Tax-Free Life

Today TaxMama hears from Gaetano in Pennsylvania, who asks “If an individual purchases an old home with the intention of fixing it up (significantly or substantially) and then turning it over (selling it), is this treated as a capital gain asset or as ordinary income? The individual is not in the construction business but works full time in an unrelated business.”

Dear Gaetano,

That’s a very interesting question.

Here are some scenarios about how to do this to keep your taxes low or non-existent.

1) Buy the home and move into it, making it your personal residence. If you are married or have a partner in this venture, move in together.

That way, if you buy something in a good area that, once you fix it up will go up significantly in value, you have up to $500,000 worth of profit that you can absorb without paying taxes at all.

The trick? Stay in the house for two years and your $250,000 (each) personal residence exclusion will kick in – and you’ll pay no taxes.

Starting small, you probably won’t exceed $250,000 profits on the first couple of houses. So you can do it alone. But as you progress, you’ll be able to afford more expensive homes – and higher profits.

2) You don’t want to live in it. Fine. Keep the house for one year and don’t rent it out. Your profits will be long-term capital gains, taxed at a maximum of 15%, instead of at your highest tax rate.
(Plus your state, of course.)

3) You don’t want to live in it, and you want to flip it quickly – in less than a year. No problem. Just beware. All your profits will be short-term gains, taxed at your regular tax rate. This is probably not a big deal for the first house. Maybe not even the second, since, if you start small, your profits won’t be more than $10,000 – $30,000. But, once you start generating higher profits, consider holding the house for at least a year.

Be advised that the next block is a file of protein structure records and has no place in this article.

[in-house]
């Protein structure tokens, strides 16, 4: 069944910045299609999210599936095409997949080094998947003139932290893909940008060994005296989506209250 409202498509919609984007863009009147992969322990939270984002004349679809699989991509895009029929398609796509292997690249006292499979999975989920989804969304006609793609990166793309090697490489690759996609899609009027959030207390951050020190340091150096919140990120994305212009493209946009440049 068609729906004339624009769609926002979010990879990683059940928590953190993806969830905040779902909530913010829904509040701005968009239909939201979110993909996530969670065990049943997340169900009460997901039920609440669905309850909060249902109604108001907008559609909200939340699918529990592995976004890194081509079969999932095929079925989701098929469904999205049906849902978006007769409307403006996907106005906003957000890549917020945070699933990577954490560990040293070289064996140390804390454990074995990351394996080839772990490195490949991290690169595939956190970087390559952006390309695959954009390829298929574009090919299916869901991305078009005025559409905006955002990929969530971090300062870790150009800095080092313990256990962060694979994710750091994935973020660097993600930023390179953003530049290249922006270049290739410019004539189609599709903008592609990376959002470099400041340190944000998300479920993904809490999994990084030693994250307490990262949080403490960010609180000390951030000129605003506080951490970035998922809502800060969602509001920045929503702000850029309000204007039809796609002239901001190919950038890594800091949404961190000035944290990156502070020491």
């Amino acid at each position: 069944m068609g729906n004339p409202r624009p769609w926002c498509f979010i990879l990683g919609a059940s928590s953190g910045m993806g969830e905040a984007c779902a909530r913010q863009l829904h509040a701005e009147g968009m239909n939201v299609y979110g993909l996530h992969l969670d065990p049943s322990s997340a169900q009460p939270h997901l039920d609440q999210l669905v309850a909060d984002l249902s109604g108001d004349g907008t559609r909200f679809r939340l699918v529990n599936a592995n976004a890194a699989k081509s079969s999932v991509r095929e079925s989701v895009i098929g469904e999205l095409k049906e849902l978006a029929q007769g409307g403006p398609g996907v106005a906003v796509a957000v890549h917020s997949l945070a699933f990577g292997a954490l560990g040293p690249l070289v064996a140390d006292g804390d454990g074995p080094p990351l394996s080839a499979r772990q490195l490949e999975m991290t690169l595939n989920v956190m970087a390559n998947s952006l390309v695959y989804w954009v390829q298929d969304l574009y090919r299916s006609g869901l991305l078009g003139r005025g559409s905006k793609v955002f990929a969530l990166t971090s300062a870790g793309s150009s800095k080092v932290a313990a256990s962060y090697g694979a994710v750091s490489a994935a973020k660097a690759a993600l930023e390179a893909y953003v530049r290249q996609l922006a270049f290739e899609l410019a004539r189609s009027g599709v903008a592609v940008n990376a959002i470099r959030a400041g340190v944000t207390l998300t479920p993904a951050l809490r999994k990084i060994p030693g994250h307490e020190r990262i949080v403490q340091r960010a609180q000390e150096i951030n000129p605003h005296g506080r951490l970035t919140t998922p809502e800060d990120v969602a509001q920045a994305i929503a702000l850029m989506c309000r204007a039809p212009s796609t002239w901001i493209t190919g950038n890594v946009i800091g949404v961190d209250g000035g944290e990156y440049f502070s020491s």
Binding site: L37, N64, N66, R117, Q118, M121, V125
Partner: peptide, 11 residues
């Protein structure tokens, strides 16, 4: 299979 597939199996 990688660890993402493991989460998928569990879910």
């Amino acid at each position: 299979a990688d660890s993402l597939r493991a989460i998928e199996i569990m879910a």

And in all cases, compute the taxes saved vs the extra mortgage payments you have to make to hold the property for the 1 year for capital gains, or two years, to avoid the taxes altogether.

This can be an excellent way to build a tax-free income for life, without roll-overs or complicated tax structures. Just pull out some of the profits each year – and use the rest to remodel the next house.

If you pick up the skills to do much of the work yourself, your costs won’t be high at all, and the work will be done well. Now, go out and build your future!

And remember, you can find answers to questions about living tax-free and all kinds of other tax issues, free. Where? Where else? At

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